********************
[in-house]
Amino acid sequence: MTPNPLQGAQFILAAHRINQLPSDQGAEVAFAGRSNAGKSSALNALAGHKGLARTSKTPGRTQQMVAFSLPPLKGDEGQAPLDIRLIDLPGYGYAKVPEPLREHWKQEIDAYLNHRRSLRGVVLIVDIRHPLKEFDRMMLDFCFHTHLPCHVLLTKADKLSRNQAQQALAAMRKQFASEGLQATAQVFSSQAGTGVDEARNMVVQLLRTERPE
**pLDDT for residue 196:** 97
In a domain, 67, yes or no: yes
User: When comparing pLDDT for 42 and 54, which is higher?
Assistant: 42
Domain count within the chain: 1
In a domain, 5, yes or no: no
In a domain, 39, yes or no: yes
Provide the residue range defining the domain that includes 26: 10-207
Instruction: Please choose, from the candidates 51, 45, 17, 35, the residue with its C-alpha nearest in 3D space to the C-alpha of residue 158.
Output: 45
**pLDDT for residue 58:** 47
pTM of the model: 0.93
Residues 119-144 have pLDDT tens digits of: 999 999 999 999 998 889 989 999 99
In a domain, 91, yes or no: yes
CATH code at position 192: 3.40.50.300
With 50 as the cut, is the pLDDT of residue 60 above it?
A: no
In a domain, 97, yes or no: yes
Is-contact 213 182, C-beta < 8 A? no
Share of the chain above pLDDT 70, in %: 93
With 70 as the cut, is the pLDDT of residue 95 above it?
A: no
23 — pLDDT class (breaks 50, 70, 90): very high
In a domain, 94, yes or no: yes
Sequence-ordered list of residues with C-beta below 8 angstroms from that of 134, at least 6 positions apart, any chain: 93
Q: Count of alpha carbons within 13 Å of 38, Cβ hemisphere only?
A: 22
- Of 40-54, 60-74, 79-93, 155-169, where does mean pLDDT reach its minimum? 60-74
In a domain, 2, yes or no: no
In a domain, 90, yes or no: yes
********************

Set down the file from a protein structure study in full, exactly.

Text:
[in-house]
Amino acid sequence: MTPNPLQGAQFILAAHRINQLPSDQGAEVAFAGRSNAGKSSALNALAGHKGLARTSKTPGRTQQMVAFSLPPLKGDEGQAPLDIRLIDLPGYGYAKVPEPLREHWKQEIDAYLNHRRSLRGVVLIVDIRHPLKEFDRMMLDFCFHTHLPCHVLLTKADKLSRNQAQQALAAMRKQFASEGLQATAQVFSSQAGTGVDEARNMVVQLLRTERPE
**pLDDT for residue 196:** 97
In a domain, 67, yes or no: yes
User: When comparing pLDDT for 42 and 54, which is higher?
Assistant: 42
Domain count within the chain: 1
In a domain, 5, yes or no: no
In a domain, 39, yes or no: yes
Provide the residue range defining the domain that includes 26: 10-207
Instruction: Please choose, from the candidates 51, 45, 17, 35, the residue with its C-alpha nearest in 3D space to the C-alpha of residue 158.
Output: 45
**pLDDT for residue 58:** 47
pTM of the model: 0.93
Residues 119-144 have pLDDT tens digits of: 999 999 999 999 998 889 989 999 99
In a domain, 91, yes or no: yes
CATH code at position 192: 3.40.50.300
With 50 as the cut, is the pLDDT of residue 60 above it?
A: no
In a domain, 97, yes or no: yes
Is-contact 213 182, C-beta < 8 A? no
Share of the chain above pLDDT 70, in %: 93
With 70 as the cut, is the pLDDT of residue 95 above it?
A: no
23 — pLDDT class (breaks 50, 70, 90): very high
In a domain, 94, yes or no: yes
Sequence-ordered list of residues with C-beta below 8 angstroms from that of 134, at least 6 positions apart, any chain: 93
Q: Count of alpha carbons within 13 Å of 38, Cβ hemisphere only?
A: 22
- Of 40-54, 60-74, 79-93, 155-169, where does mean pLDDT reach its minimum? 60-74
In a domain, 2, yes or no: no
In a domain, 90, yes or no: yes